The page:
Founder of Jonloomer.com
To find success with ads, there is a long list of factors to consider. However, the most important is targeting. You must target the right people at the right time based on their place in the funnel to get the action you desire at a high rate. There’s no better way to do this than with remarketing — surfacing to ads to people based on what you know about them due to their activity on your website. If they read a blog post about a solution to a problem, show them an ad for an ebook that attacks that same issue. If they’ve visited the thank you page of that opt-in, show them an ad to the product that is the next step.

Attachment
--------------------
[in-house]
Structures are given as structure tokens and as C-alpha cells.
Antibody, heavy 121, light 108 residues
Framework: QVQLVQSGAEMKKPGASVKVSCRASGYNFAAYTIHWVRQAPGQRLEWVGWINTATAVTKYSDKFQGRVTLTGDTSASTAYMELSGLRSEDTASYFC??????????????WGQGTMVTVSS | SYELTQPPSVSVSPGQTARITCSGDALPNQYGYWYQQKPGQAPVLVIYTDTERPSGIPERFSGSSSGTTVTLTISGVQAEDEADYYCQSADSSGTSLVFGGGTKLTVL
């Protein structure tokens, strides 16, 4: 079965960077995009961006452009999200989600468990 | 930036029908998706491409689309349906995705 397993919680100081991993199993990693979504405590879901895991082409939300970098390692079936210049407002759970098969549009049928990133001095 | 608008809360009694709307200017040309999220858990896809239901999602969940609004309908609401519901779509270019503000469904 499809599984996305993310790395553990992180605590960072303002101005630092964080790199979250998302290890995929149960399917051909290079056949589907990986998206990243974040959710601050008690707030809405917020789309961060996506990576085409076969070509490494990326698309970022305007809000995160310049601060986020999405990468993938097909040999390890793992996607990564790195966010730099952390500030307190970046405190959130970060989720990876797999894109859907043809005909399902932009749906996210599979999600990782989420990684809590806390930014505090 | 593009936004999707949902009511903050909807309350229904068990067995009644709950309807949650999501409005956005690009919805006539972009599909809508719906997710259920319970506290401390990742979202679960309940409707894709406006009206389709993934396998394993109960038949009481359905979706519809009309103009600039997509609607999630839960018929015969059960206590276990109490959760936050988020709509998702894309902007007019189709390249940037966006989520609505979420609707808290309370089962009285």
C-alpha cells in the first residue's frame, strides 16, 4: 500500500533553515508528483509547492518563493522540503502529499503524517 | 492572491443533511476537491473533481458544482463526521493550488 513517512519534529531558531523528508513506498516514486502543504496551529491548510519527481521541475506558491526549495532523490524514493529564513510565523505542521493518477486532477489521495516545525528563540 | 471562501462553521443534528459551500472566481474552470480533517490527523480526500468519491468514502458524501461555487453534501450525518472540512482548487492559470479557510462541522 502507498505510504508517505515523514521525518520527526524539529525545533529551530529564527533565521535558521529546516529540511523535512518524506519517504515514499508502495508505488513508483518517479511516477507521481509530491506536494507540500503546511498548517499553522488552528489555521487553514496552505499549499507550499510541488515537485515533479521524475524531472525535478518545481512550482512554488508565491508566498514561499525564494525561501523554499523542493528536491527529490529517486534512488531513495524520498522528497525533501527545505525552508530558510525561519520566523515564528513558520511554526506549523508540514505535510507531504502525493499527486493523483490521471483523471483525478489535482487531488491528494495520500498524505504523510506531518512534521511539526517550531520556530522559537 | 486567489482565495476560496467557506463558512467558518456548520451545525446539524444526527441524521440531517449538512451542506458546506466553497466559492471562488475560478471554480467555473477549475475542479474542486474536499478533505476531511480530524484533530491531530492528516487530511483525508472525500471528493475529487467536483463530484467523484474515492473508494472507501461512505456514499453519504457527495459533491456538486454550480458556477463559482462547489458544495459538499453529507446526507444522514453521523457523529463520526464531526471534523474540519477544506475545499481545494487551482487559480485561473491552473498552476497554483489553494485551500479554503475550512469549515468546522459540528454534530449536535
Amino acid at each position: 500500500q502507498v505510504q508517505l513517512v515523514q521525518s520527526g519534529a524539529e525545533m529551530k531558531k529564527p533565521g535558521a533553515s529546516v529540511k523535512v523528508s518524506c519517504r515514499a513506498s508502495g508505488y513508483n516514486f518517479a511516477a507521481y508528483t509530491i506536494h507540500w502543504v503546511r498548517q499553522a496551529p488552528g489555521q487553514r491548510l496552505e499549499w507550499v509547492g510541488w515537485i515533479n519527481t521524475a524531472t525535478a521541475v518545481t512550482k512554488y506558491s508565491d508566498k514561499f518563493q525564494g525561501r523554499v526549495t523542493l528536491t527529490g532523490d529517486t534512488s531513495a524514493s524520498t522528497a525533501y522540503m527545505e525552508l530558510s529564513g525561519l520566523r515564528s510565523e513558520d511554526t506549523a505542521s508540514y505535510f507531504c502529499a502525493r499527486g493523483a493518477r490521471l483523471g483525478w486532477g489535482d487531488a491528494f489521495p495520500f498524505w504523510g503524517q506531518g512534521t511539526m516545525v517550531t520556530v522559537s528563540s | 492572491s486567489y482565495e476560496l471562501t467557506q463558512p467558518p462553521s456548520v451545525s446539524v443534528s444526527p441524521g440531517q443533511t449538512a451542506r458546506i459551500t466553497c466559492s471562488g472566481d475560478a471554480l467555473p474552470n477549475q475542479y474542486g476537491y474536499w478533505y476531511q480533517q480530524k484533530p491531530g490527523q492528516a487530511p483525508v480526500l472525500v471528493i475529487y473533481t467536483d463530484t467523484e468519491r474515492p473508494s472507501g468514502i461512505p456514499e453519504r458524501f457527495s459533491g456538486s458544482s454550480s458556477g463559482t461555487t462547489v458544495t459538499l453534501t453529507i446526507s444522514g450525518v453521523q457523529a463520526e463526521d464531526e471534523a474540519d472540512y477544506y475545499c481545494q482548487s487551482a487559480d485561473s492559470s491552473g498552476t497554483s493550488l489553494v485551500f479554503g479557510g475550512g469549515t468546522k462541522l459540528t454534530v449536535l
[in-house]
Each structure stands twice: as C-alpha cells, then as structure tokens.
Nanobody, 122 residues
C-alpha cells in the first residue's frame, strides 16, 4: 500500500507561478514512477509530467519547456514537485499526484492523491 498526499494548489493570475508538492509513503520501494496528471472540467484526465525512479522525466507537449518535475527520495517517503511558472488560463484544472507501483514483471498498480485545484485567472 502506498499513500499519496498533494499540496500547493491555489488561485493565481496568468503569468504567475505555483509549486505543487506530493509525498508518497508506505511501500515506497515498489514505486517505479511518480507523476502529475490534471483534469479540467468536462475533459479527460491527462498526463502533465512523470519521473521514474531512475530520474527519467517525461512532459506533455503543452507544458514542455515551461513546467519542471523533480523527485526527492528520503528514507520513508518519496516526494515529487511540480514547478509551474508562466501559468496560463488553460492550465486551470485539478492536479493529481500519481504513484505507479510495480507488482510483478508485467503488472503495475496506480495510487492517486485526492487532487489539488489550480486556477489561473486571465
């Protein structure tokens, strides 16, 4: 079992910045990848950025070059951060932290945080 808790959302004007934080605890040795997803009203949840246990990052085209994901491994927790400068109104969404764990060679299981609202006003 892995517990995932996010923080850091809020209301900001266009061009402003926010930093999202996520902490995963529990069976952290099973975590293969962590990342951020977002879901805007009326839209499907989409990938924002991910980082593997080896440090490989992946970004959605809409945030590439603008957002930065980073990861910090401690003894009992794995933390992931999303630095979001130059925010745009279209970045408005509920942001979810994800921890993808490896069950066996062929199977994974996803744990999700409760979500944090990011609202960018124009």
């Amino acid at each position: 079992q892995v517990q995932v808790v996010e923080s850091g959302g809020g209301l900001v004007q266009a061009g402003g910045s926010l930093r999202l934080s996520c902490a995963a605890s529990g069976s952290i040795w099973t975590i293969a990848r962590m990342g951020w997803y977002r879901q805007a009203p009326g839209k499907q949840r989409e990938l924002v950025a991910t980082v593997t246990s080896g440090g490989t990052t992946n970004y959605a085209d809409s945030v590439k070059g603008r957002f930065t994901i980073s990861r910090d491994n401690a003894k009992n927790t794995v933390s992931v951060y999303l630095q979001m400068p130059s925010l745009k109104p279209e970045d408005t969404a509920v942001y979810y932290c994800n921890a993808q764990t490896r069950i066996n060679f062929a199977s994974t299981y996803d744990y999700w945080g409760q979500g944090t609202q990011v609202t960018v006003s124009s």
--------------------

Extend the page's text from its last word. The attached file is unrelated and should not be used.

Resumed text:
My tip on paid marketing here: Follow the customer. Channels like SEM, Facebook, display, mobile – whatever – are irrelevant. The most important thing is to understand your customer – how do they use the Internet? Once you understand that, allocate your budget accordingly. Sometimes this means a heavy focus on SEM, sometimes not. There are plenty of business cases, however, where SEM just won’t work. For example, if you were the head of marketing for TiVo when it launched in the 90s – when no one knew what a “digital video recorder” was – what keywords could you buy? This is just one example where trying to put a square peg into a round hole will get you in trouble. Follow your customer and good results will follow!
Founder, BryanEisenberg.com New York Times bestselling author